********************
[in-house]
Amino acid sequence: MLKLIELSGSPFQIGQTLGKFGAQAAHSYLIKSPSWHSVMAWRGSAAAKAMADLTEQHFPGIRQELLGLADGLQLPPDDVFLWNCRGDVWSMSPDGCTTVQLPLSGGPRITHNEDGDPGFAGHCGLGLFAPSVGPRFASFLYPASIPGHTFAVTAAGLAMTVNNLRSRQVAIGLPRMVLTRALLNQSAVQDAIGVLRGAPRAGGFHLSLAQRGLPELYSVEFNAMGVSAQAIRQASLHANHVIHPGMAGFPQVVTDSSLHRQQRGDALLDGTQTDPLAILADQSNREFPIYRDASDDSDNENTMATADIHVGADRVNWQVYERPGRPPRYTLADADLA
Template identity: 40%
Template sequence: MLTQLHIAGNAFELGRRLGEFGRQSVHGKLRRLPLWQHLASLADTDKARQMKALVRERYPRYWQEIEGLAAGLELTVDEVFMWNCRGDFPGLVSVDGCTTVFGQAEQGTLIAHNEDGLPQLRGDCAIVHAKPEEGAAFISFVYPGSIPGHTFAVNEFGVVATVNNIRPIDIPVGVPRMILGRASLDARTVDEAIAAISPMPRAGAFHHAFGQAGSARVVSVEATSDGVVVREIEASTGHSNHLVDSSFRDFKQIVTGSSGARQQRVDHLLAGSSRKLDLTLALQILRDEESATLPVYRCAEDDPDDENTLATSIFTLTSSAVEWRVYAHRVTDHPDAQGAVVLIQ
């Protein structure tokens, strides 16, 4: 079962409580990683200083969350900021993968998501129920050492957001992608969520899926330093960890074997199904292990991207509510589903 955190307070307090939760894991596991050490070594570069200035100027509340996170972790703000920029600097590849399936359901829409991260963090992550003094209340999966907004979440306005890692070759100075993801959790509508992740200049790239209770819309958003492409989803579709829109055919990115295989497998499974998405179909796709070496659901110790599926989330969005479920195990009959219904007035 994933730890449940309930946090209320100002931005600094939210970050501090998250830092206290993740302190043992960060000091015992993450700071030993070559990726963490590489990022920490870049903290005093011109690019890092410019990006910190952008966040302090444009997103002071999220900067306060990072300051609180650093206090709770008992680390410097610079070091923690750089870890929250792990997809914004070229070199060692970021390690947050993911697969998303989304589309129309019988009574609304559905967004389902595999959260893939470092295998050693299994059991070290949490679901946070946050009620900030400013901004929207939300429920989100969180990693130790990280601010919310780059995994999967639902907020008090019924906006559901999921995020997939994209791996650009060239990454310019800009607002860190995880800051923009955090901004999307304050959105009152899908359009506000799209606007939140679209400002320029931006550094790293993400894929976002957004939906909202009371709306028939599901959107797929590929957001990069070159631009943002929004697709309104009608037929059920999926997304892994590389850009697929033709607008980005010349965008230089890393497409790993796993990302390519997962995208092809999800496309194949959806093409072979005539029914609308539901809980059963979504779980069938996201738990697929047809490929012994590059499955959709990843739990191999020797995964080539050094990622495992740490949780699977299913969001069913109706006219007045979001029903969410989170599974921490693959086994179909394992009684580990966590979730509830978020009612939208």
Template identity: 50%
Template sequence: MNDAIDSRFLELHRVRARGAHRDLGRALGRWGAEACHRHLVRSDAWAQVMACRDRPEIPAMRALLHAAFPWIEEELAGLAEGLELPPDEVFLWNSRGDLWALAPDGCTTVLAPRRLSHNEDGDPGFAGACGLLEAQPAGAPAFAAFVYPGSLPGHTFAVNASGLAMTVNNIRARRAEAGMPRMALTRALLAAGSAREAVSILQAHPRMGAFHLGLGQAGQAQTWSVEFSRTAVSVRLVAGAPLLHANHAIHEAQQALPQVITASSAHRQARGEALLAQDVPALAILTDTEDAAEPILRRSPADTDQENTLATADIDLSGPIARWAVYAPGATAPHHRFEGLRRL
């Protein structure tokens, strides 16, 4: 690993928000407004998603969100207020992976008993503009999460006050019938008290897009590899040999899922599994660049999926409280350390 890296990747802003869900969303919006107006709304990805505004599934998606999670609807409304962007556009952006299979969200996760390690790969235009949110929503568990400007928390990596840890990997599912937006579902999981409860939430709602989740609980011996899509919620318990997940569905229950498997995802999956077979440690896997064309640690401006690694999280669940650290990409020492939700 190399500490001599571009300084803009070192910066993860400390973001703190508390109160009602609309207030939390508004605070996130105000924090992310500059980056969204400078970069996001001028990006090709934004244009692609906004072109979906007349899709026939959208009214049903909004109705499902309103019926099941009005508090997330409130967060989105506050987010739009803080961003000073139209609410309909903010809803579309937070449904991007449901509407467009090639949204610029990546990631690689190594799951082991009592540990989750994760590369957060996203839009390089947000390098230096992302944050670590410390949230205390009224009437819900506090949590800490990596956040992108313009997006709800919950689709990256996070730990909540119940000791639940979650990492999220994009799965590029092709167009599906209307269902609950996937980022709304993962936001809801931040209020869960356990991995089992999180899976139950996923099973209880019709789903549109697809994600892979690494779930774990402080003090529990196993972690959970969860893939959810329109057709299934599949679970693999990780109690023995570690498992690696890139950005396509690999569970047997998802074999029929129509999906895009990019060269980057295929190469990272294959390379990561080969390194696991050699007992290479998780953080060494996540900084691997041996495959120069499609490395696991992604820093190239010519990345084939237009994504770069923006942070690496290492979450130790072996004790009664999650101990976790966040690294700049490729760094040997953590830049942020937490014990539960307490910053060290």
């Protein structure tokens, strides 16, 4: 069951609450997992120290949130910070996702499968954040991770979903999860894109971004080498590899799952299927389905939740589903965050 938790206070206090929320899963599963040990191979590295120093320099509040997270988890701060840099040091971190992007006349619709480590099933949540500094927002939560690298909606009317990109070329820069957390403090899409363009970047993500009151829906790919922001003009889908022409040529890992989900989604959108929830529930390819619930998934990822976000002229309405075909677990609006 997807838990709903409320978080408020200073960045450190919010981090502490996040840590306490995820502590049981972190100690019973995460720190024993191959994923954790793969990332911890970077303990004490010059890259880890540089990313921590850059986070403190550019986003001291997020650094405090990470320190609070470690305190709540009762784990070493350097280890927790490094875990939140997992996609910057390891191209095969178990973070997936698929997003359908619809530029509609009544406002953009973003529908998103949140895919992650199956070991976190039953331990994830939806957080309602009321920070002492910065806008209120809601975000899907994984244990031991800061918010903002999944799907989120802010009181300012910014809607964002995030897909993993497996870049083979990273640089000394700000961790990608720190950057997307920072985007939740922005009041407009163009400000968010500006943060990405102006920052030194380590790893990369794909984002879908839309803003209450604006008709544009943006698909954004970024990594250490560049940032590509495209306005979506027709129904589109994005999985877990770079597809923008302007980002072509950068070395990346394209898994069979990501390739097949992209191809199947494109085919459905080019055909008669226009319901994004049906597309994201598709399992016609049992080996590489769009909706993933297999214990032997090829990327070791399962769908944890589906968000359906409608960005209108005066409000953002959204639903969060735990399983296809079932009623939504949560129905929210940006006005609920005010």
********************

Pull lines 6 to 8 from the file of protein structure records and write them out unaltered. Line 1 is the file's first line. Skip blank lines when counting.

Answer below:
Template identity: 50%
Template sequence: MNDAIDSRFLELHRVRARGAHRDLGRALGRWGAEACHRHLVRSDAWAQVMACRDRPEIPAMRALLHAAFPWIEEELAGLAEGLELPPDEVFLWNSRGDLWALAPDGCTTVLAPRRLSHNEDGDPGFAGACGLLEAQPAGAPAFAAFVYPGSLPGHTFAVNASGLAMTVNNIRARRAEAGMPRMALTRALLAAGSAREAVSILQAHPRMGAFHLGLGQAGQAQTWSVEFSRTAVSVRLVAGAPLLHANHAIHEAQQALPQVITASSAHRQARGEALLAQDVPALAILTDTEDAAEPILRRSPADTDQENTLATADIDLSGPIARWAVYAPGATAPHHRFEGLRRL
């Protein structure tokens, strides 16, 4: 690993928000407004998603969100207020992976008993503009999460006050019938008290897009590899040999899922599994660049999926409280350390 890296990747802003869900969303919006107006709304990805505004599934998606999670609807409304962007556009952006299979969200996760390690790969235009949110929503568990400007928390990596840890990997599912937006579902999981409860939430709602989740609980011996899509919620318990997940569905229950498997995802999956077979440690896997064309640690401006690694999280669940650290990409020492939700 190399500490001599571009300084803009070192910066993860400390973001703190508390109160009602609309207030939390508004605070996130105000924090992310500059980056969204400078970069996001001028990006090709934004244009692609906004072109979906007349899709026939959208009214049903909004109705499902309103019926099941009005508090997330409130967060989105506050987010739009803080961003000073139209609410309909903010809803579309937070449904991007449901509407467009090639949204610029990546990631690689190594799951082991009592540990989750994760590369957060996203839009390089947000390098230096992302944050670590410390949230205390009224009437819900506090949590800490990596956040992108313009997006709800919950689709990256996070730990909540119940000791639940979650990492999220994009799965590029092709167009599906209307269902609950996937980022709304993962936001809801931040209020869960356990991995089992999180899976139950996923099973209880019709789903549109697809994600892979690494779930774990402080003090529990196993972690959970969860893939959810329109057709299934599949679970693999990780109690023995570690498992690696890139950005396509690999569970047997998802074999029929129509999906895009990019060269980057295929190469990272294959390379990561080969390194696991050699007992290479998780953080060494996540900084691997041996495959120069499609490395696991992604820093190239010519990345084939237009994504770069923006942070690496290492979450130790072996004790009664999650101990976790966040690294700049490729760094040997953590830049942020937490014990539960307490910053060290």